It is November, here. Towards
the back of my aunt’s property,
the pond isn’t yet solid; but
to be certain the only fish still
awake are the ones that eat
grease bubbles and water beetle
larvae. Held, now, in my gloved hand
is a white, sick-looking catfish.
It looks like a bleached carrot. It isn’t sick, it’s albino – but it looks sick.
My uncle knows him, says he was the
president of the pond (showing me the
pockmarks from prior catches). Today
he is not a lucky president. Slicing
into the fillet meat, the fish starts
gaping and ungaping his jaw,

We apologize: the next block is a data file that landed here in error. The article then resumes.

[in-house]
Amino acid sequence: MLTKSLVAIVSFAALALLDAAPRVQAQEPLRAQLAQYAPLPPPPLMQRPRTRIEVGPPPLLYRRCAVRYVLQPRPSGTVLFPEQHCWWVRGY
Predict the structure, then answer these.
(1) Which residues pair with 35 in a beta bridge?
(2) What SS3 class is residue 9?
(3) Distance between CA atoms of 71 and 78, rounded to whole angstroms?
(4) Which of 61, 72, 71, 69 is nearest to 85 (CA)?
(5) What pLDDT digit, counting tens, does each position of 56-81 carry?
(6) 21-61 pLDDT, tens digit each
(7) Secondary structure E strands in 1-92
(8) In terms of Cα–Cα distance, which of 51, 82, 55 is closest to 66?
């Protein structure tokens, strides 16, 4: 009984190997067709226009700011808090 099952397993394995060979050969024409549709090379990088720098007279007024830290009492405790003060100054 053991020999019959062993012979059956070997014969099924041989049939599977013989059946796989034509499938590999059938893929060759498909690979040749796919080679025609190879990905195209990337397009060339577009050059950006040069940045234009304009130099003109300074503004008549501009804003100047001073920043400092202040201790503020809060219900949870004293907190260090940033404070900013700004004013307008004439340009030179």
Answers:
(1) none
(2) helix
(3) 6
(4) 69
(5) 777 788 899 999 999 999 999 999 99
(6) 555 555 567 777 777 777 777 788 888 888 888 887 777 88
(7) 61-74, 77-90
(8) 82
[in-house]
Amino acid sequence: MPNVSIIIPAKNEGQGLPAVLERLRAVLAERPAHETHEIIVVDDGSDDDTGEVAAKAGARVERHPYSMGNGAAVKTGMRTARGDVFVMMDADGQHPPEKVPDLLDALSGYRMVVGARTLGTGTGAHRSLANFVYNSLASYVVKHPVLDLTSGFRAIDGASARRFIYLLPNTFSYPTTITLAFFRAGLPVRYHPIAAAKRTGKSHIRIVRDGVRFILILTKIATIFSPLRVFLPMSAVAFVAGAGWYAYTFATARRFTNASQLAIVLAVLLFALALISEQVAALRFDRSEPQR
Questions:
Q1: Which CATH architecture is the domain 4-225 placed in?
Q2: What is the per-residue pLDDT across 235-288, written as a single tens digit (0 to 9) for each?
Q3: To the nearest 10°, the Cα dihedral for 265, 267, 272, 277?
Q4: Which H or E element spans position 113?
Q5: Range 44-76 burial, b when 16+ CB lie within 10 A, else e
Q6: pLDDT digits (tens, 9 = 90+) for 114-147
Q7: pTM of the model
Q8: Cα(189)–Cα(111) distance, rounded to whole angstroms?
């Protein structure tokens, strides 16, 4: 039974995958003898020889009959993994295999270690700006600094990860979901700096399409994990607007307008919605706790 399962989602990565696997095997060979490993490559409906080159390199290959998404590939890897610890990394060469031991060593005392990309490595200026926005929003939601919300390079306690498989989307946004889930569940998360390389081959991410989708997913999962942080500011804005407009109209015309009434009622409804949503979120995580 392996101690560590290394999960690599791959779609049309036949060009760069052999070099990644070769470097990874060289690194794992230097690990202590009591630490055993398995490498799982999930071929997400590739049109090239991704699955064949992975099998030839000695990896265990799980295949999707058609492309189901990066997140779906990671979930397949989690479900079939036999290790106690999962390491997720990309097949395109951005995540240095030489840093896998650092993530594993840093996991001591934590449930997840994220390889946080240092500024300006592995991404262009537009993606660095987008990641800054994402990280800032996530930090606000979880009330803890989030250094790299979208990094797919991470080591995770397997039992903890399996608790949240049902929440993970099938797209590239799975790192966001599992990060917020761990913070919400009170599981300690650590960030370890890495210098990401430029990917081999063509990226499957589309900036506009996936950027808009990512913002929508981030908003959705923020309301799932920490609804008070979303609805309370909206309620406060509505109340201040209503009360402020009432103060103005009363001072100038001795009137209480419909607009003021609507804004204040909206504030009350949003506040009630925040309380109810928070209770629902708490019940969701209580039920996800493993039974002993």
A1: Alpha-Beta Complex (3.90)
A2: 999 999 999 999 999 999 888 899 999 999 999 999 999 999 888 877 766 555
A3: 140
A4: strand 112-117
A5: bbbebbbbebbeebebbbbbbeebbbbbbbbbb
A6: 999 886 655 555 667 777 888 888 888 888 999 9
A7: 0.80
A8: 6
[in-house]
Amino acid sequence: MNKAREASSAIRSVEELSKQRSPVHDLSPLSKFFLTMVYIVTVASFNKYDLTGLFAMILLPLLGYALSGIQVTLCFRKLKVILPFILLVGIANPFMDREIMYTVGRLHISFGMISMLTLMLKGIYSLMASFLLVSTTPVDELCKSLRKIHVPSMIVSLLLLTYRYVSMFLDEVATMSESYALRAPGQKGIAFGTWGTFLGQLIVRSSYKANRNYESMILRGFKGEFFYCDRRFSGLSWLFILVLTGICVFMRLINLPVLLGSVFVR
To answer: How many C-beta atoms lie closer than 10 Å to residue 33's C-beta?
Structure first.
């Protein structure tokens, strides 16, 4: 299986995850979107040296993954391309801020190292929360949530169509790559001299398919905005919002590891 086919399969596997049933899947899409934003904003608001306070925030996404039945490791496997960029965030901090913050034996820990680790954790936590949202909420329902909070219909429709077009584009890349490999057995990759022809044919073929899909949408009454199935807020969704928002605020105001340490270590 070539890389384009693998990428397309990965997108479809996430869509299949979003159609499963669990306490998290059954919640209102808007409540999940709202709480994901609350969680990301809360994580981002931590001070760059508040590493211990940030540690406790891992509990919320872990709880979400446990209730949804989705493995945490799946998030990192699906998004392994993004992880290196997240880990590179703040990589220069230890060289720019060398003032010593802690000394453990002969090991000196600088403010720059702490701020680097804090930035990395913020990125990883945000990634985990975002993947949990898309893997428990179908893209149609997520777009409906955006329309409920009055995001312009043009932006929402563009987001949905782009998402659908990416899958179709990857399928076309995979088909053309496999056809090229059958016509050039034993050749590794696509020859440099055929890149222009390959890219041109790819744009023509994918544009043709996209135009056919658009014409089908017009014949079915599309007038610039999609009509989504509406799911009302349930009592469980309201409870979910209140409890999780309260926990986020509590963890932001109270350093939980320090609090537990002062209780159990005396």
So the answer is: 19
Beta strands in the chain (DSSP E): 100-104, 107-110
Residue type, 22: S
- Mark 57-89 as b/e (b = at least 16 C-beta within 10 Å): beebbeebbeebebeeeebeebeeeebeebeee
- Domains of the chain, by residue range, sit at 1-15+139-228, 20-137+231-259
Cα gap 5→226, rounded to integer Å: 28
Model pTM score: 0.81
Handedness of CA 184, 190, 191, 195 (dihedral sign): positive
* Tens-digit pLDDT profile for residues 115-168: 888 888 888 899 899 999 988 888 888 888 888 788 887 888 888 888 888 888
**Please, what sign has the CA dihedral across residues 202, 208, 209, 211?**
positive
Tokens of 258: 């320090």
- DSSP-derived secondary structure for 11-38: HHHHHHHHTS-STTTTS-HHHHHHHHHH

gasping for air. Never mind the fact
that fish don’t have lungs
or the fact that the left half of his body is now on ice near the porch.
The fish gasps for air in the same way a drowning child does. He is both a fish
and not a fish. He is both a human
and not a human. He is trying to trick me,
to make me think he is my brother – hoping
I’ll throw him back into the water and let
him slowly wander back to his bottom
feeding grounds (the same grounds
doing the same things he has always
done - eating the poor - as if it wasn’t
already too late). We stare into each
other’s eyes and I do not believe
he is innocent. It is November and
today he is not a lucky president.
Jacob Yankey is a senior from Wilmington, NC studying Chemistry and minoring in Creative Writing with a focus in poetry. Following graduation, he has aspirations to become a trophy husband.